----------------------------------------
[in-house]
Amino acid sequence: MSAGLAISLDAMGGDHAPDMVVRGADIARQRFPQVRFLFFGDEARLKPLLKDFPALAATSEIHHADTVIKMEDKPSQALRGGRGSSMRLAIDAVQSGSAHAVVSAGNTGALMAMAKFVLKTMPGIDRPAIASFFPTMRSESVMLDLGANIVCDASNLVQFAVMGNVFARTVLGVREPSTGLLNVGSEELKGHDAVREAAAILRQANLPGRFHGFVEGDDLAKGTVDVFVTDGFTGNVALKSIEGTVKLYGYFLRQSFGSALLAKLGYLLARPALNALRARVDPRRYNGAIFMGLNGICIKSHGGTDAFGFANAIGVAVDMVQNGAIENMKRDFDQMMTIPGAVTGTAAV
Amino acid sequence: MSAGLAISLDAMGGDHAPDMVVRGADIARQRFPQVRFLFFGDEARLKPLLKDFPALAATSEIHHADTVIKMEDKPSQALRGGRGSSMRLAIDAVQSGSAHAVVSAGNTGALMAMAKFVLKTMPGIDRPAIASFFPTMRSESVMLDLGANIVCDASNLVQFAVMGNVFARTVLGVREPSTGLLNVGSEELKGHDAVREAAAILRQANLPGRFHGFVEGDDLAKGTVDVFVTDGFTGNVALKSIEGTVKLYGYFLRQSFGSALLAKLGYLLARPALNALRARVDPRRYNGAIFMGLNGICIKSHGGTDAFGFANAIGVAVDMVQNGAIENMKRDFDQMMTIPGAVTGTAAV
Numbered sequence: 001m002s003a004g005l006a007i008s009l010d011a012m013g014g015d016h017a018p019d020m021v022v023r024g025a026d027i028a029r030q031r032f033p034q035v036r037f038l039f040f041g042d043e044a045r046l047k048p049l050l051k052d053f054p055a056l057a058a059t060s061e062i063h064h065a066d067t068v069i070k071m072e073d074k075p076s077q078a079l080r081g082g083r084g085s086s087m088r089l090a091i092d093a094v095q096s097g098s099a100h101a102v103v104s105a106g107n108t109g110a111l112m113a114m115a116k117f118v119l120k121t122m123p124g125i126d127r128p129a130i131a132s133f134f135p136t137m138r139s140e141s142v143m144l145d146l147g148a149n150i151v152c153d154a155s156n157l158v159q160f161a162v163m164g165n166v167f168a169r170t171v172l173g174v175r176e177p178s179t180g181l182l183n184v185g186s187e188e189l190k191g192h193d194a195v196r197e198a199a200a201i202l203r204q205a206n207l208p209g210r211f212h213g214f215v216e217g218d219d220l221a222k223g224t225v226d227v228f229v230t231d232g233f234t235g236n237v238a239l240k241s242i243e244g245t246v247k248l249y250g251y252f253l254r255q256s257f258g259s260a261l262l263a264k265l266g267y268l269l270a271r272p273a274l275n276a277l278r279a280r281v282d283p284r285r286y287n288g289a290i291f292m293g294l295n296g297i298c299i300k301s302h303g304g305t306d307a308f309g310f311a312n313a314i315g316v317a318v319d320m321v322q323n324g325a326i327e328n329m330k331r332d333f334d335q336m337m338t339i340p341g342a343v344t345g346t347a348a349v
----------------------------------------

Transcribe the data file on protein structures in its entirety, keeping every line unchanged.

[in-house]
Amino acid sequence: MSAGLAISLDAMGGDHAPDMVVRGADIARQRFPQVRFLFFGDEARLKPLLKDFPALAATSEIHHADTVIKMEDKPSQALRGGRGSSMRLAIDAVQSGSAHAVVSAGNTGALMAMAKFVLKTMPGIDRPAIASFFPTMRSESVMLDLGANIVCDASNLVQFAVMGNVFARTVLGVREPSTGLLNVGSEELKGHDAVREAAAILRQANLPGRFHGFVEGDDLAKGTVDVFVTDGFTGNVALKSIEGTVKLYGYFLRQSFGSALLAKLGYLLARPALNALRARVDPRRYNGAIFMGLNGICIKSHGGTDAFGFANAIGVAVDMVQNGAIENMKRDFDQMMTIPGAVTGTAAV
Amino acid sequence: MSAGLAISLDAMGGDHAPDMVVRGADIARQRFPQVRFLFFGDEARLKPLLKDFPALAATSEIHHADTVIKMEDKPSQALRGGRGSSMRLAIDAVQSGSAHAVVSAGNTGALMAMAKFVLKTMPGIDRPAIASFFPTMRSESVMLDLGANIVCDASNLVQFAVMGNVFARTVLGVREPSTGLLNVGSEELKGHDAVREAAAILRQANLPGRFHGFVEGDDLAKGTVDVFVTDGFTGNVALKSIEGTVKLYGYFLRQSFGSALLAKLGYLLARPALNALRARVDPRRYNGAIFMGLNGICIKSHGGTDAFGFANAIGVAVDMVQNGAIENMKRDFDQMMTIPGAVTGTAAV
Numbered sequence: 001m002s003a004g005l006a007i008s009l010d011a012m013g014g015d016h017a018p019d020m021v022v023r024g025a026d027i028a029r030q031r032f033p034q035v036r037f038l039f040f041g042d043e044a045r046l047k048p049l050l051k052d053f054p055a056l057a058a059t060s061e062i063h064h065a066d067t068v069i070k071m072e073d074k075p076s077q078a079l080r081g082g083r084g085s086s087m088r089l090a091i092d093a094v095q096s097g098s099a100h101a102v103v104s105a106g107n108t109g110a111l112m113a114m115a116k117f118v119l120k121t122m123p124g125i126d127r128p129a130i131a132s133f134f135p136t137m138r139s140e141s142v143m144l145d146l147g148a149n150i151v152c153d154a155s156n157l158v159q160f161a162v163m164g165n166v167f168a169r170t171v172l173g174v175r176e177p178s179t180g181l182l183n184v185g186s187e188e189l190k191g192h193d194a195v196r197e198a199a200a201i202l203r204q205a206n207l208p209g210r211f212h213g214f215v216e217g218d219d220l221a222k223g224t225v226d227v228f229v230t231d232g233f234t235g236n237v238a239l240k241s242i243e244g245t246v247k248l249y250g251y252f253l254r255q256s257f258g259s260a261l262l263a264k265l266g267y268l269l270a271r272p273a274l275n276a277l278r279a280r281v282d283p284r285r286y287n288g289a290i291f292m293g294l295n296g297i298c299i300k301s302h303g304g305t306d307a308f309g310f311a312n313a314i315g316v317a318v319d320m321v322q323n324g325a326i327e328n329m330k331r332d333f334d335q336m337m338t339i340p341g342a343v344t345g346t347a348a349v